Mobile Menu

Clinical and Genomic Profiles of Black Patients with Prostate Cancer

Written by Sharmin Begum, science writer 

Black patients who were diagnosed with metastatic hormone-sensitive prostate cancer (mHSPC), have been analysed for differences in their clinical and genomic profiles. Implications for the therapeutic management of these patients have been evaluated.  

In a retrospective study published by Oxford University Press, researchers from the Tulane Cancer Center (USA), investigated the clinical and treatment outcomes of black patients diagnosed with mHSPC. There is a significant underrepresentation of black patients in historical clinical trials for the treatment of prostate cancer. This is concerning, particularly as previous research indicates tumour heterogeneity and an overall poor prognosis for black patients, when compared to white patients. A multi-institutional analysis was conducted in the USA, assessing the data from black patients who were separated into two treatment groups. Statistical analyses were performed to evaluate baseline characteristics; treatment data; genetic data and clinical outcomes. Insights into somatic and germline mutations were explored, with an emphasis on the development of castrate-resistant prostate cancer (CRPC). 

“The black patient underrepresentation along with these paradoxical findings warrants further investigation”, says Meredith Freeman, the lead author of this study. 


Previous research in black patients diagnosed with advanced prostate cancer has shown differences in tumour genomic profile, when compared to white patients. In comparison to white patients, black patients have been known to have a higher risk of developing and dying from prostate cancer due to various factors, even with a similar disease burden. The inadequate representation of black patients in clinical trial cohorts for assessing mHSPC therapy is staggering – with 96% of participants from 72 global phase 3 and 4 prostate cancer trials being white. This study reports on the largest known cohort of black mHSPC patients, since the incorporation of chemotherapy and novel hormonal therapies as the standard of care. However, researchers acknowledged that the study was limited due to potential selection bias in terms of restricting patient cohorts to urban environments and only patients with available genetic testing data.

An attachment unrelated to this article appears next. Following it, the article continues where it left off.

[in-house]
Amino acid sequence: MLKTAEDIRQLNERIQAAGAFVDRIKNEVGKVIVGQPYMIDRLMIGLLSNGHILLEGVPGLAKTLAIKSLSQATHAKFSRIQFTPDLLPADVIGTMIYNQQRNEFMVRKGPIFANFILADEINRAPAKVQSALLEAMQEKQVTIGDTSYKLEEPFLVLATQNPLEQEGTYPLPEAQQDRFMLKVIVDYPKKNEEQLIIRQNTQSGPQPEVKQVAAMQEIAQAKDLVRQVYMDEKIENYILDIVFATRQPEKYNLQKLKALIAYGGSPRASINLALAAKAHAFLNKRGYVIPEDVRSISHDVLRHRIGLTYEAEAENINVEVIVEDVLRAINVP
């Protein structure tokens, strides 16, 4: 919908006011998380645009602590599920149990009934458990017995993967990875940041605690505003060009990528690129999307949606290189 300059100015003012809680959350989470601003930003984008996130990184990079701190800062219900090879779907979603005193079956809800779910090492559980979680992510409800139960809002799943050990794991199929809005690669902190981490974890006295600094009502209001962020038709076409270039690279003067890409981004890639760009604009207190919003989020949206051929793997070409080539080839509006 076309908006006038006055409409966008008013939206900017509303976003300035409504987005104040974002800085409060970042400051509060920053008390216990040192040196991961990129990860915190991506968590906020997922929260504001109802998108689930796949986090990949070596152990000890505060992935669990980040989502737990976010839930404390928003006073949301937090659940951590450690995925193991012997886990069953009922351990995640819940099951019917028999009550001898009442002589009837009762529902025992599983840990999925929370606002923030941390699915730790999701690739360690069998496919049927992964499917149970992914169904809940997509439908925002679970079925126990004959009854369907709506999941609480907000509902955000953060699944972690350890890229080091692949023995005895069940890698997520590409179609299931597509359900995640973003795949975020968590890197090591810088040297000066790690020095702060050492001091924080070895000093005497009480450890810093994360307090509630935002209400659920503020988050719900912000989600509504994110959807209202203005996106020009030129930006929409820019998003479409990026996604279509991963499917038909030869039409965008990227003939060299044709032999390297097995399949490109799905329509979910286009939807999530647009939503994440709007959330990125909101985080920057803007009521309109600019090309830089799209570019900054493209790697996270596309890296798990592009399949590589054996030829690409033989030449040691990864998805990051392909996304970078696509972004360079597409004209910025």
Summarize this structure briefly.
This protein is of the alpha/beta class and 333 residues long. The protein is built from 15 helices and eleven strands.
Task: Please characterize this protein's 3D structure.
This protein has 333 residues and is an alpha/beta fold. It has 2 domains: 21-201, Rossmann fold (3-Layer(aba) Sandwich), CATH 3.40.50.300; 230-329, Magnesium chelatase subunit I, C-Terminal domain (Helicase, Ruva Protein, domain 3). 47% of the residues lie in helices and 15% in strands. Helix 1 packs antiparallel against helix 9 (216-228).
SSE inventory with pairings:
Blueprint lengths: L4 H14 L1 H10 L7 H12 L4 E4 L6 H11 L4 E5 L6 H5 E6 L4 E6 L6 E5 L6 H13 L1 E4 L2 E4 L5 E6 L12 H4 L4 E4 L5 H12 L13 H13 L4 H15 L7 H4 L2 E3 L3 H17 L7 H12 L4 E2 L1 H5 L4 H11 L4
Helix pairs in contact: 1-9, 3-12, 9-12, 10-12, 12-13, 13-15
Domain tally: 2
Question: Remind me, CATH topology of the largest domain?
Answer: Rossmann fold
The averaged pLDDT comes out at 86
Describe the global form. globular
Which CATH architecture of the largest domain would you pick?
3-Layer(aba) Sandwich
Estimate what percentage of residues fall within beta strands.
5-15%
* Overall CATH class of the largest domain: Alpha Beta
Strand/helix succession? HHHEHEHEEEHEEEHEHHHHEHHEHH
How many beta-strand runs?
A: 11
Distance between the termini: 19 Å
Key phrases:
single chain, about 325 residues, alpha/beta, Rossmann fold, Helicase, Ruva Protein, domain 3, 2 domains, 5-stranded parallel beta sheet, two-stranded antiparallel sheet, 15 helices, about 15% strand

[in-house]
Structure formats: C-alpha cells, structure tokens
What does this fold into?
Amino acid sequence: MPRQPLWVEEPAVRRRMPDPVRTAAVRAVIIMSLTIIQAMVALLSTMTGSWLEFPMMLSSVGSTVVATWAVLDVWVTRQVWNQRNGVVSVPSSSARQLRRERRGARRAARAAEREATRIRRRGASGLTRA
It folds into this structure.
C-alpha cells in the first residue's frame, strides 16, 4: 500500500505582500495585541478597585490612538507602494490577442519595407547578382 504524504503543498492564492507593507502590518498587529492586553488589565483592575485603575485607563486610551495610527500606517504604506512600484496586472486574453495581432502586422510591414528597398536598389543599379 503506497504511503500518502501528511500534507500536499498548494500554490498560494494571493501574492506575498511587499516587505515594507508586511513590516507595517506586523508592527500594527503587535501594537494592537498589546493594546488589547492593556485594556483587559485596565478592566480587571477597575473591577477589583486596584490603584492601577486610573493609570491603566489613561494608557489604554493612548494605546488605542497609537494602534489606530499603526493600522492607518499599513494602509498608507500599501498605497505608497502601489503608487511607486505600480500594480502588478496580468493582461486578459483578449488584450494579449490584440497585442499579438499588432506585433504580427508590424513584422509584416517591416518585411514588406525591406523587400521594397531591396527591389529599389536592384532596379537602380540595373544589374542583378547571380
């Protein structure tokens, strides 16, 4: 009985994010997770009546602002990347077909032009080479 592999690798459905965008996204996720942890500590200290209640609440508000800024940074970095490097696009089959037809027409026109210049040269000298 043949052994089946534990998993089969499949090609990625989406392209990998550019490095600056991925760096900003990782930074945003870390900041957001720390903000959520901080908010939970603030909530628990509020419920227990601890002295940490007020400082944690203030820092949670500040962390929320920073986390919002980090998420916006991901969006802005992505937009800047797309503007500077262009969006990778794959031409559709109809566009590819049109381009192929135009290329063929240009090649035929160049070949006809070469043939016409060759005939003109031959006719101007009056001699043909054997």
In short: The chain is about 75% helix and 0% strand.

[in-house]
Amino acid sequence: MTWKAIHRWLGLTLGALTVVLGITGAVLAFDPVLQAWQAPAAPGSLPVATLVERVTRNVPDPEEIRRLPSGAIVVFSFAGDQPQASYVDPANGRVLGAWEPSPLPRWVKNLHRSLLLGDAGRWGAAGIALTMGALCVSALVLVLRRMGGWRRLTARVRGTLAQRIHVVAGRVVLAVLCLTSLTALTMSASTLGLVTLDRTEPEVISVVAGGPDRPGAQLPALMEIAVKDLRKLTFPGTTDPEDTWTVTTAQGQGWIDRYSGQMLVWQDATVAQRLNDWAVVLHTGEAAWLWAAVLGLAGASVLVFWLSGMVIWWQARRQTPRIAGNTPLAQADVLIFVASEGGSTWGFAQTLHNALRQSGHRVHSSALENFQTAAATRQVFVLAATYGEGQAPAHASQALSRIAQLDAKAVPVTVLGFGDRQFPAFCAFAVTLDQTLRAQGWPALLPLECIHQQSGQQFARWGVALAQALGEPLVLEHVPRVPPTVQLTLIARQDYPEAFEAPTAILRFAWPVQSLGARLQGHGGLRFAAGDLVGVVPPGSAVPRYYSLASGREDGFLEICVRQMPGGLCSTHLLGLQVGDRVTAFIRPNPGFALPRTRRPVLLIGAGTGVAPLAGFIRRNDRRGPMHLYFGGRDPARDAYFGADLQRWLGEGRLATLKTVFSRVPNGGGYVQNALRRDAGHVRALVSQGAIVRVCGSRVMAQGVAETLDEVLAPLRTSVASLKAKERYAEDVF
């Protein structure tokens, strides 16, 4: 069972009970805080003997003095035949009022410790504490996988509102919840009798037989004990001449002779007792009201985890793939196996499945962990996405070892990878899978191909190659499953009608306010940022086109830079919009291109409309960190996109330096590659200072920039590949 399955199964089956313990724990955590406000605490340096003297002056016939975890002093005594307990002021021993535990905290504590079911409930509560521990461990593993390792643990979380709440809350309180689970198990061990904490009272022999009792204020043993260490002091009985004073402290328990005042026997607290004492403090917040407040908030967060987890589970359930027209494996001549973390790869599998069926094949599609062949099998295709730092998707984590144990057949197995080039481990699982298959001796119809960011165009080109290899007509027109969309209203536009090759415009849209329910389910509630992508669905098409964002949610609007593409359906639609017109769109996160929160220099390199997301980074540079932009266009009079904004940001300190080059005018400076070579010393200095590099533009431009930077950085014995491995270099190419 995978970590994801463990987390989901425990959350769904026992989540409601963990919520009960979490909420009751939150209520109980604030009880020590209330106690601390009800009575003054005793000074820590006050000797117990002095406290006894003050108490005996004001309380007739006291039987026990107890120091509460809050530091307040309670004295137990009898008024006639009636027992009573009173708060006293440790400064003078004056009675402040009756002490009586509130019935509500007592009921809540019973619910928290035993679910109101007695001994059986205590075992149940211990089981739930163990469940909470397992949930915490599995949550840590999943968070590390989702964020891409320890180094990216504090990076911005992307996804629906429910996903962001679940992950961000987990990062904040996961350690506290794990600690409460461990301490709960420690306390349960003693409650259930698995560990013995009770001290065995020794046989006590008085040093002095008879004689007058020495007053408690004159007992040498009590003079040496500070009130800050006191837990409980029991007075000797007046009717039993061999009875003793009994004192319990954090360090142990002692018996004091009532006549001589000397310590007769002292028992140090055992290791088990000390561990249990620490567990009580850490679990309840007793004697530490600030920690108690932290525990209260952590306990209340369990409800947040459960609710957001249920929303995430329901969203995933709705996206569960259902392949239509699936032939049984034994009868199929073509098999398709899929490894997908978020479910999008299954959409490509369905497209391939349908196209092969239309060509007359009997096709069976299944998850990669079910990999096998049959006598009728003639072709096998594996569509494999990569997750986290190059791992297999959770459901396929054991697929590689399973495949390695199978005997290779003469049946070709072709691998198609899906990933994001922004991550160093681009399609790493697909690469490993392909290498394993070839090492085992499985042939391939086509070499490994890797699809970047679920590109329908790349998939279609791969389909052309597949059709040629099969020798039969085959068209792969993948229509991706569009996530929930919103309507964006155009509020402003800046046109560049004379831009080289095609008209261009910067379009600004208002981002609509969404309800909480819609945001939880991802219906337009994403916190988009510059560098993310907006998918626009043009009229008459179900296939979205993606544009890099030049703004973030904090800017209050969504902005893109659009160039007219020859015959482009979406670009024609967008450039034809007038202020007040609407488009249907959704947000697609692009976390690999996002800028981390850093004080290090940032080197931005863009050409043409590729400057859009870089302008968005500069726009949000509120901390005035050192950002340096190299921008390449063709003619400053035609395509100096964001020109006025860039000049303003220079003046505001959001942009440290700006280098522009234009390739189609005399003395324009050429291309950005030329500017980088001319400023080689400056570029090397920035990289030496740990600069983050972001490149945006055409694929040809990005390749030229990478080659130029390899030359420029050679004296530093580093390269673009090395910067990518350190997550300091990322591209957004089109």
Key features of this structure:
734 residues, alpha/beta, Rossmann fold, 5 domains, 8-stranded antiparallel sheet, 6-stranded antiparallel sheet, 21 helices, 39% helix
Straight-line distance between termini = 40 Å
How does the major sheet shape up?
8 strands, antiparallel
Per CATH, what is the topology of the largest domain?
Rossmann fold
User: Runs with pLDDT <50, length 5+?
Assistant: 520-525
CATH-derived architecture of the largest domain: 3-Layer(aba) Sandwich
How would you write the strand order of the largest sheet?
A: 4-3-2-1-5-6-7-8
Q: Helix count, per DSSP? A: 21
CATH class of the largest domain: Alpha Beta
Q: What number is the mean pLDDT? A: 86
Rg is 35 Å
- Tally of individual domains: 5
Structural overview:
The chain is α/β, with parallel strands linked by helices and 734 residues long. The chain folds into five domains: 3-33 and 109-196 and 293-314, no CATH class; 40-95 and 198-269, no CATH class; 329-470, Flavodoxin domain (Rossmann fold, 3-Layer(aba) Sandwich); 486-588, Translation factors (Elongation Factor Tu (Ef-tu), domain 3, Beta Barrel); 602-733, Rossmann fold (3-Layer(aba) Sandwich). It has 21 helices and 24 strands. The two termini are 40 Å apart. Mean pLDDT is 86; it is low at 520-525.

Clinical outcomes 

Data was analysed from 7 academic institutions across 7 US states, including 107 black patients diagnosed with stage 4 mHSPC (between 2008 and 2015), with available genetic sequence data.  From the time of initial diagnosis, the 2-year survival rate was 93.3% and the median estimated overall survival was 74.9 months. 

From the cohort, 54% of patients developed CRPC. The median time to CRPC (46.3 months) and overall survival was favourable for patients given ADT with/without first generation anti-androgens. A statistically weak correlation was found between a shorter time to CRPC observed in patients and either high-volume disease (18.9 months), treatment intensification regimen (23.3 months) or detectable nadir PSA (13.5 months). 

Clinical outcomes were assessed in accordance with two regimens of treatment given to patients. The first treatment group was androgen deprivation therapy (ADT) with/without first-generation anti-androgen. The second treatment group was treatment intensification, including ADT with chemotherapy and/or a novel hormonal therapy (e.g., abiraterone acetate, enzalutamide, apalutamide). A significantly higher number of patients were given the treatment intensification regimen (73%) in comparison to treatment with ADT with/without first-generation anti-androgens (27%). The latter treatment group revealed a higher proportion of patients with de novo metastatic disease; high volume disease and initial median prostate-specific antigen (PSA).  

Genetic outcomes 

The most commonly identified pathogenic germline mutations were BRCA2 (25%), BRCA1 (16.7 %) and PALB2 (16.6%). Next-generation sequencing data revealed that the two most common somatic mutations found in patients were TP53 (24%) and CDK12 (12%). Researchers suggest that TP53 mutations may be attributed to the increased aggressiveness of prostate cancer in black patients. TP53 mutation tumours were also loosely associated with de novo disease, high-volume disease, CRPC development and inferior PSA response rate. 

Black patient representation and clinical impact 

It is evident from this study that black mHSPC patients treated with ADT-based regimens had favourable clinical outcomes. Data from genetic testing also revealed implications on clinical outcomes and treatments strategies for mHSPC patients. Addressing the significant disparity in the inclusion of different racial and ethnic groups in clinical trials may have a positive impact on understanding the heterogeneity of disease progression and patient management. Researchers acknowledge that the recent increase in efforts to enrol black participants in prostate cancer trials are promising and clinically valuable. 

Image Credit: Canva

More on these topics

Cancer / Diversity / Prostate Cancer